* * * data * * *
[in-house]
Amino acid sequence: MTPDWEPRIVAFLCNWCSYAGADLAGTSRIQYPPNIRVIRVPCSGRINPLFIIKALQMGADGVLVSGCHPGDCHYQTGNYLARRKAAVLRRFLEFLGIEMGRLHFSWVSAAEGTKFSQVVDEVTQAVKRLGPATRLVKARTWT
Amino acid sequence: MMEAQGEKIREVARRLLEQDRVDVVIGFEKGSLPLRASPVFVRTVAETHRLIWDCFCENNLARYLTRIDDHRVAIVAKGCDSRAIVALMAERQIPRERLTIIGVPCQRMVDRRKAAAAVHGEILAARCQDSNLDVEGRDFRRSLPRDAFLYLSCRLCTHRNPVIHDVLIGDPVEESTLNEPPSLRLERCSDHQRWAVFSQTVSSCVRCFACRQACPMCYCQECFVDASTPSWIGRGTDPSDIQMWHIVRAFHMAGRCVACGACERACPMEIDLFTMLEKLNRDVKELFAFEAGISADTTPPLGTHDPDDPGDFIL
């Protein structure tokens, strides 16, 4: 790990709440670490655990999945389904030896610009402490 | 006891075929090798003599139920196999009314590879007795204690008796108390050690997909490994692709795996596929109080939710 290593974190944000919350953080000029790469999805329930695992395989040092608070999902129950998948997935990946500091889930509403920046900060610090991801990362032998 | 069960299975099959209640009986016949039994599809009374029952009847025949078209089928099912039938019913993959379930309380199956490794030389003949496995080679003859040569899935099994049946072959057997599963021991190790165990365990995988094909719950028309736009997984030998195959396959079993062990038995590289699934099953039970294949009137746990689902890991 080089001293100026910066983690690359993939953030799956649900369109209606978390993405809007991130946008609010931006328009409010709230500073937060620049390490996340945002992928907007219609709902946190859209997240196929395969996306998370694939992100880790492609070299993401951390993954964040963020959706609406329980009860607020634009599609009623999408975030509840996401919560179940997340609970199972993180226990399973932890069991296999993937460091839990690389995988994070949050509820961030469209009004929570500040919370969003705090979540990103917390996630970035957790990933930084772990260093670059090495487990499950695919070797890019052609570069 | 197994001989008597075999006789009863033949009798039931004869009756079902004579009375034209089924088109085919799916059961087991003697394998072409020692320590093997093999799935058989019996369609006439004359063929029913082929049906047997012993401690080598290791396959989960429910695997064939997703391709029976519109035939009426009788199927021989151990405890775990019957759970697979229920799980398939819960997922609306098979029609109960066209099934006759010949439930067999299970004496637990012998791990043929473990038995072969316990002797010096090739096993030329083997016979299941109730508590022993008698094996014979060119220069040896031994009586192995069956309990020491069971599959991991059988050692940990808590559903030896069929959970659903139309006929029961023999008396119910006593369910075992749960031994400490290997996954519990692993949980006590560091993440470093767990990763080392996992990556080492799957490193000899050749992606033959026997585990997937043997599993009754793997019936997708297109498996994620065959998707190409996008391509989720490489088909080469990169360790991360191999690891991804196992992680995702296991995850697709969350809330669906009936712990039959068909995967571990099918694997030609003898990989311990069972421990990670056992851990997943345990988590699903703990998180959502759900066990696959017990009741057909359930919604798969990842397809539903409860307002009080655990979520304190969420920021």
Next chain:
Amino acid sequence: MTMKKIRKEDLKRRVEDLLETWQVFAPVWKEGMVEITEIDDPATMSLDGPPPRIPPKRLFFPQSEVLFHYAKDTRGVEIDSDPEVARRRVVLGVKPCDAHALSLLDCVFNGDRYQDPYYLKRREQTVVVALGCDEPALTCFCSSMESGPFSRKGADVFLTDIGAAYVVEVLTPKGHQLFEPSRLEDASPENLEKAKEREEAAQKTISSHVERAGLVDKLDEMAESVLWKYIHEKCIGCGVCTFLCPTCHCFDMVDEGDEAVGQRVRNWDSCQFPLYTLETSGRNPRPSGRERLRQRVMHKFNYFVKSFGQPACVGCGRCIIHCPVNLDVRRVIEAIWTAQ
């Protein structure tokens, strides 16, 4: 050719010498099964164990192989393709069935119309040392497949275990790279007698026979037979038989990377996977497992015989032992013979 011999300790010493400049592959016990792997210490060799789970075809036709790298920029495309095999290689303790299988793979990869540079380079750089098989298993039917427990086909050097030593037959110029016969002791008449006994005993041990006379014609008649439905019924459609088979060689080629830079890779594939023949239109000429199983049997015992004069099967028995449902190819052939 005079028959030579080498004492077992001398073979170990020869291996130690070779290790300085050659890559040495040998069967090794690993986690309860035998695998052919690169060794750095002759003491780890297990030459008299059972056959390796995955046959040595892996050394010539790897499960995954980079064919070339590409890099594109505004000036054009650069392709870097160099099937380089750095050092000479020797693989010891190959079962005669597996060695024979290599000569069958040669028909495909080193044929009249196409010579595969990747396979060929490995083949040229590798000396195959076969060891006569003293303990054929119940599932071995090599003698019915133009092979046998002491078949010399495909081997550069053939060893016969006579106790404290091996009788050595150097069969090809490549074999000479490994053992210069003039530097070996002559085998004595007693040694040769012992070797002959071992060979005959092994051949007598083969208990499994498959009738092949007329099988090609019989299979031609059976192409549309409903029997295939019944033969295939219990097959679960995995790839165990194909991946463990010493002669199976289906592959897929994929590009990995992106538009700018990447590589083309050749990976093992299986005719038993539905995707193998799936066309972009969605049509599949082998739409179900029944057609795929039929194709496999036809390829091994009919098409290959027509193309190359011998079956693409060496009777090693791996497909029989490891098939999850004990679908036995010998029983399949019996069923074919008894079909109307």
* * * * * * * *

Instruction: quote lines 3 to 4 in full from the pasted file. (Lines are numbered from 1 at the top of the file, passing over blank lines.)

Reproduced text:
Amino acid sequence: MMEAQGEKIREVARRLLEQDRVDVVIGFEKGSLPLRASPVFVRTVAETHRLIWDCFCENNLARYLTRIDDHRVAIVAKGCDSRAIVALMAERQIPRERLTIIGVPCQRMVDRRKAAAAVHGEILAARCQDSNLDVEGRDFRRSLPRDAFLYLSCRLCTHRNPVIHDVLIGDPVEESTLNEPPSLRLERCSDHQRWAVFSQTVSSCVRCFACRQACPMCYCQECFVDASTPSWIGRGTDPSDIQMWHIVRAFHMAGRCVACGACERACPMEIDLFTMLEKLNRDVKELFAFEAGISADTTPPLGTHDPDDPGDFIL
């Protein structure tokens, strides 16, 4: 790990709440670490655990999945389904030896610009402490 | 006891075929090798003599139920196999009314590879007795204690008796108390050690997909490994692709795996596929109080939710 290593974190944000919350953080000029790469999805329930695992395989040092608070999902129950998948997935990946500091889930509403920046900060610090991801990362032998 | 069960299975099959209640009986016949039994599809009374029952009847025949078209089928099912039938019913993959379930309380199956490794030389003949496995080679003859040569899935099994049946072959057997599963021991190790165990365990995988094909719950028309736009997984030998195959396959079993062990038995590289699934099953039970294949009137746990689902890991 080089001293100026910066983690690359993939953030799956649900369109209606978390993405809007991130946008609010931006328009409010709230500073937060620049390490996340945002992928907007219609709902946190859209997240196929395969996306998370694939992100880790492609070299993401951390993954964040963020959706609406329980009860607020634009599609009623999408975030509840996401919560179940997340609970199972993180226990399973932890069991296999993937460091839990690389995988994070949050509820961030469209009004929570500040919370969003705090979540990103917390996630970035957790990933930084772990260093670059090495487990499950695919070797890019052609570069 | 197994001989008597075999006789009863033949009798039931004869009756079902004579009375034209089924088109085919799916059961087991003697394998072409020692320590093997093999799935058989019996369609006439004359063929029913082929049906047997012993401690080598290791396959989960429910695997064939997703391709029976519109035939009426009788199927021989151990405890775990019957759970697979229920799980398939819960997922609306098979029609109960066209099934006759010949439930067999299970004496637990012998791990043929473990038995072969316990002797010096090739096993030329083997016979299941109730508590022993008698094996014979060119220069040896031994009586192995069956309990020491069971599959991991059988050692940990808590559903030896069929959970659903139309006929029961023999008396119910006593369910075992749960031994400490290997996954519990692993949980006590560091993440470093767990990763080392996992990556080492799957490193000899050749992606033959026997585990997937043997599993009754793997019936997708297109498996994620065959998707190409996008391509989720490489088909080469990169360790991360191999690891991804196992992680995702296991995850697709969350809330669906009936712990039959068909995967571990099918694997030609003898990989311990069972421990990670056992851990997943345990988590699903703990998180959502759900066990696959017990009741057909359930919604798969990842397809539903409860307002009080655990979520304190969420920021």